• Employer fails to provide notice to the examiner of potential fraud red flags.
  • Employer, believing all claims are fraudulent treats the injured worker and examiner as if they are perpetuating or supporting fraud.
  • Employer does not provide adequate or timely settlement authority.
  • Employer (or their broker) focuses only on reserves when doing a file review rather than focusing on employee recovery, return to work, and claims closure.
  • Employers who never acknowledge a job well done.
  • Employers that make inappropriate personnel comments about the people who are involved with the claim (injured worker, doctor, examiner, investigator, translator, broker) such as politics, disability, race, religion, or sex.
  • Employers who lie about the job classification of the injured worker.
  • Employer does not attend a trial or deposition as a witness when there is a legitimate dispute. 

This list can also generate a checklist for positive actions. 

It is the job of claims leadership to facilitate a positive relationship between the employer and the claims examiner. Occasionally personalities just do not get along. Claims supervisors and managers should be aware of the personalities involved and make sure that if the relationship is toxic that appropriate changes are implemented. This is not a negative reflection on the examiner or the employer, but merely an acknowledgement that some personalities do not always work well together.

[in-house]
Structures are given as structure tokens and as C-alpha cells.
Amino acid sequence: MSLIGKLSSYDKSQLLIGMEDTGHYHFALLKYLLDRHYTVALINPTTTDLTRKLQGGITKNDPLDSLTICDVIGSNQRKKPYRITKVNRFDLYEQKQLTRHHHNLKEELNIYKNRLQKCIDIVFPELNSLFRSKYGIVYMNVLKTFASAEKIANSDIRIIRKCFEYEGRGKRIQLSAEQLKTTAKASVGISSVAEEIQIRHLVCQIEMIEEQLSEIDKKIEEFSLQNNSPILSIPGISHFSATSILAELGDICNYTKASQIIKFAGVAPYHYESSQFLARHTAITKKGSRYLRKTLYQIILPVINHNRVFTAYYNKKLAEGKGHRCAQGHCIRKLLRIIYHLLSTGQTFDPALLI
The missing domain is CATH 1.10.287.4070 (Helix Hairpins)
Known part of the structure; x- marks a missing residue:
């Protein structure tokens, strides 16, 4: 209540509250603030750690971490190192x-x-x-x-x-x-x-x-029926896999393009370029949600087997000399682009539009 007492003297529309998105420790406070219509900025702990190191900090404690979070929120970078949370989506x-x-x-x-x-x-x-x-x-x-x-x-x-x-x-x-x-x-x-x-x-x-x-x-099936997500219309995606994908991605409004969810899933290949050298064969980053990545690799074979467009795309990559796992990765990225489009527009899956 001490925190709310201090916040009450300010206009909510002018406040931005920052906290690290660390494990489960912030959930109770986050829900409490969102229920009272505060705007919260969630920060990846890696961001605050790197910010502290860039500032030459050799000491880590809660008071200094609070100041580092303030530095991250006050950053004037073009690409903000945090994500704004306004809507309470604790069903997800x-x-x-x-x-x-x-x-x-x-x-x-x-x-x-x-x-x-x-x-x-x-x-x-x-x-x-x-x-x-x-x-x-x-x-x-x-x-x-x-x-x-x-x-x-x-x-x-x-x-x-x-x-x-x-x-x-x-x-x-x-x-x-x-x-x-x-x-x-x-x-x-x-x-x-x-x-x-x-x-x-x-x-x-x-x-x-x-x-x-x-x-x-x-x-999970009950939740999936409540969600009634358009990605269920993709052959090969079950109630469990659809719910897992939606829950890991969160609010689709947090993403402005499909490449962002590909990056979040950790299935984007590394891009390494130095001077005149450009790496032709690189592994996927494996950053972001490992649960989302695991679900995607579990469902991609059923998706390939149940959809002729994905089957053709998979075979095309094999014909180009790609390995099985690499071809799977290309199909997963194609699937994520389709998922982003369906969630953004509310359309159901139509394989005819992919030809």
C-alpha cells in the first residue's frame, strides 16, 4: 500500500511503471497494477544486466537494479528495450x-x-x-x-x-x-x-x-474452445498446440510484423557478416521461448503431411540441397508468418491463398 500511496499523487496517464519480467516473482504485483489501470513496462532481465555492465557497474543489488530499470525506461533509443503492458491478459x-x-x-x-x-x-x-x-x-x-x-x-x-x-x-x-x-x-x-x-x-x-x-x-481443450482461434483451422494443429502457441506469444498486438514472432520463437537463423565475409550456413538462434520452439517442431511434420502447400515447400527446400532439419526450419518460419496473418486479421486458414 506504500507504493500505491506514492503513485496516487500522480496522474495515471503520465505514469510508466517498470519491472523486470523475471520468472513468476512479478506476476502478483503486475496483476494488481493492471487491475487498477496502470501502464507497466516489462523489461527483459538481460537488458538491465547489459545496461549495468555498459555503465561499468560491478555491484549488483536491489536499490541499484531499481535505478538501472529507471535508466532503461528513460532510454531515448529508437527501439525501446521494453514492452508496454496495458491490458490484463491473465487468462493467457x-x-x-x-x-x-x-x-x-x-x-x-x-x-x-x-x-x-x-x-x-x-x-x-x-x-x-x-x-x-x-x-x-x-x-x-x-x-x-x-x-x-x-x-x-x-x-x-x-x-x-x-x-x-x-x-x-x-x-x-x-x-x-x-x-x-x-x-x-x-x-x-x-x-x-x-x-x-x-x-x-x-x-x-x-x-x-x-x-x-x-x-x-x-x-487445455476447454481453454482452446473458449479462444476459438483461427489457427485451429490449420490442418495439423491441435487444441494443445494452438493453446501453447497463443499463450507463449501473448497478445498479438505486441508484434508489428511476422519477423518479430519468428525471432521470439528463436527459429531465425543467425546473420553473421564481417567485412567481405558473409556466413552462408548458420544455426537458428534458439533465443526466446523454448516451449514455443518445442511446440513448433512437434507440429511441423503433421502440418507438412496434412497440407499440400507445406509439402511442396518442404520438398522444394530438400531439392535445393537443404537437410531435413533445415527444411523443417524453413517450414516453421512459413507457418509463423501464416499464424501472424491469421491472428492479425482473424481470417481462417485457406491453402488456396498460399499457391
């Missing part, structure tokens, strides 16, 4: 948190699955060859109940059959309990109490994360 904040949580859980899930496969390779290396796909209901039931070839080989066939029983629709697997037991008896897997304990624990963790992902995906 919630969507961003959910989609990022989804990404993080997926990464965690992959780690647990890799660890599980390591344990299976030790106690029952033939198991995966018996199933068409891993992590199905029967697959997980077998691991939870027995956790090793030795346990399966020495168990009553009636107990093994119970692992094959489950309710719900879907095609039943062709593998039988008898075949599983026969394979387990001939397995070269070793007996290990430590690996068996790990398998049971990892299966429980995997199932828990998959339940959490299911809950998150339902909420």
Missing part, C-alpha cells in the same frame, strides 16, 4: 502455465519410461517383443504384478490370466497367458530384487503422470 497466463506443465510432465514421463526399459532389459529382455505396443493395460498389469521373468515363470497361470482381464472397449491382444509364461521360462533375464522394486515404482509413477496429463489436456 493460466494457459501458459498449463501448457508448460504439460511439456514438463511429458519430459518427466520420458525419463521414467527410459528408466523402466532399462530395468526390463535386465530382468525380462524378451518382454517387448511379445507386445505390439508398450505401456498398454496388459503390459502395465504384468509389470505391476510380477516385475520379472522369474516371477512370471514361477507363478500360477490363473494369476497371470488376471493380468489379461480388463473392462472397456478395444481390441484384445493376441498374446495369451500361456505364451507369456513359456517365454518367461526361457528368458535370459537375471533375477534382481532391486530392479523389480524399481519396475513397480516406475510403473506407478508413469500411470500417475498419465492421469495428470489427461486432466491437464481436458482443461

Employers who support and encourage their examiners always get better results and have lower workers compensation costs. As in all relationships, there is great merit and value of a kind word. Employers should be aware of their role and responsibilities.

*This assumes the employer has a sufficient claim volume to create a direct relationship with the claim examiner. Smaller insured employers do not have enough claims to create an ongoing interaction with the clam examiner. In this circumstance, the relationship between the employer and the claims adjuster must develop as the claim progresses. Even with limited pre-injury interaction, employers can still directly impact outcomes through focused and timely communication.

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    About The Author

    • Bill Zachry

      William M "Bill" Zachry is a Board member of the California State Compensation Insurance Fund, Appointed by Governors Arnold Schwarzenegger and Jerry Brown. He served 3 years as a Senior Fellow at the Sedgwick Institute. His term ended in January 2020. Zachry was awarded the Summa CompLaude award in November of 2020, the RIMS Risk Manager of the Year 2014, the CCWC Workers Compensation Professional of the Year 2016, Co-Chair AMICUS Committee California Chamber of Commerce. He is the former GVP Risk management Safeway /Albertson's Former Board Member California Self Insurers' Security Fund, former Co-Chair California Chamber of Commerce AMICUS committee Chair California Fraud Assessment Commission Zenith Insurance Company VP Claims HIH (C.E.Heath) (Care America) S.V.P. Claims. References